NEW YORK (TheStreet) -- It's not often a national political figure emerges as a poster child for what not to do with your finances.
As The New York Times reported this week, Sen. Marco Rubio, (R, Fla.) has been plagued by money problems for much of his career. Some of the GOP presidential candidate's troubles were of his own making, which serves as a cautionary tale for the rest of us. Here's a rundown of some of the bigger fiscal do's and dont's committed by Florida's junior senator.
Looting His Retirement Accounts
On one of his biggest mistakes, Rubio liquidated a $68,000 retirement account to pay for a refrigerator, among other expenses, the Times says. Financial advisers rail against this type of thing all the time. Yet the sad fact is many Americans tap into their retirement savings all too often.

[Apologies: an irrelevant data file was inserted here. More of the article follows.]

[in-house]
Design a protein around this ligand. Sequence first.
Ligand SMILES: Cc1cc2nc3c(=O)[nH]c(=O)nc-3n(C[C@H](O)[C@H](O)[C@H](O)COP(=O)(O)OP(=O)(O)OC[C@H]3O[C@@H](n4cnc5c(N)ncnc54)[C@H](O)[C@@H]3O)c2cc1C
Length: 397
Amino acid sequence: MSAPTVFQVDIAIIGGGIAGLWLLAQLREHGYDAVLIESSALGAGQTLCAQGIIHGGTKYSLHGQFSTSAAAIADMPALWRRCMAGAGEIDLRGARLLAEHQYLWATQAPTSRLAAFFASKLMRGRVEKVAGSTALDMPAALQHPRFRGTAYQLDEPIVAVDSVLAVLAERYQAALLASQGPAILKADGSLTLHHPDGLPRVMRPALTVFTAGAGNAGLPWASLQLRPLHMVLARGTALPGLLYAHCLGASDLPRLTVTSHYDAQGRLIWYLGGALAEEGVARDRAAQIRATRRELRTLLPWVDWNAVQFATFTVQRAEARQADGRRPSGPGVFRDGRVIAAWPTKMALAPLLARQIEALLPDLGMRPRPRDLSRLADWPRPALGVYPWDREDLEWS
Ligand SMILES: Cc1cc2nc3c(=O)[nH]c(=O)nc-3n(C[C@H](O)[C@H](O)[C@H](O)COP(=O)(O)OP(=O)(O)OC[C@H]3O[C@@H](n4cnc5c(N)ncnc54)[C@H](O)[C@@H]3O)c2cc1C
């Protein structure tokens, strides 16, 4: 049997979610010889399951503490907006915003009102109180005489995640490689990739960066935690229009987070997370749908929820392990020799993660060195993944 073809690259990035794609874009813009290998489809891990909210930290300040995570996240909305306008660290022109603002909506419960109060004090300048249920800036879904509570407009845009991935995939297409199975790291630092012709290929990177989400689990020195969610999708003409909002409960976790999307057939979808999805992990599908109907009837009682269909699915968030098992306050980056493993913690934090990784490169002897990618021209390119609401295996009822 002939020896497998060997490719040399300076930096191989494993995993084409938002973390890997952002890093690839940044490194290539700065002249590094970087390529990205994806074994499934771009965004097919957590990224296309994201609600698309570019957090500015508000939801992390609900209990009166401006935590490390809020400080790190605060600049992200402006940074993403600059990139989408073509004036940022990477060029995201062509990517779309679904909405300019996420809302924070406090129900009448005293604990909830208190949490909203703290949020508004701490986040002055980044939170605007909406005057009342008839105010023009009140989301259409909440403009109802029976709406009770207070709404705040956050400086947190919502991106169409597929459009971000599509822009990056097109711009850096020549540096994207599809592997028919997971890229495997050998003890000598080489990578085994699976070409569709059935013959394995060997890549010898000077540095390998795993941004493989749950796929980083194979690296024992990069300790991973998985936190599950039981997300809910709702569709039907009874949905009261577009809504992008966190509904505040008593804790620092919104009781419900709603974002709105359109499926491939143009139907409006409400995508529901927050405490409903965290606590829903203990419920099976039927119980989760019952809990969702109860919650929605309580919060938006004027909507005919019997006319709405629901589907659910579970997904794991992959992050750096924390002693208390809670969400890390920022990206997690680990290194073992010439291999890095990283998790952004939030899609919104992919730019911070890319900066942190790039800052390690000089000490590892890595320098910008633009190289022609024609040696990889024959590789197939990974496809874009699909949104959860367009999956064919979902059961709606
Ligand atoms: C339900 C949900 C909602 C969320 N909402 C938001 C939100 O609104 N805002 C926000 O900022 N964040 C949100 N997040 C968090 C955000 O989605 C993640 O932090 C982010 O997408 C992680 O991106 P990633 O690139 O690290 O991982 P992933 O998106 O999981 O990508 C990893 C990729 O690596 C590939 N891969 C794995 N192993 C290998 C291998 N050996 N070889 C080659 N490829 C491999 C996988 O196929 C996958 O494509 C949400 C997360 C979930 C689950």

Here's why it's a bad idea.
First, if you withdraw money directly from your 401(k) -- or a traditional IRA, for that matter -- you face an immediate tax hit. And if you're under age 59½, you'll generally pay a 10% penalty as well. (There are exceptions to that.) The Internal Revenue Service collected $5.7 billion in penalties in 2011, according to this Bloomberg story, so it would appear lots of people are making this mistake.
Even worse, that money is gone, meaning you'll lose the growth you could have had over the years from leaving the funds in the account.
Assuming you have to pull cash from your retirement savings, the lesser of two evils would be to borrow from your 401(k), if your plan allows it. At least in that case, it's a loan in which you are paying yourself back, though you'll still lose out on your growth for as long as the money is out. The downside is that if you leave the company before the loan is fully repaid, it may be treated as a distribution and become subject to those tax penalties. Plus, the IRS caps the amount you can borrow at $50,000.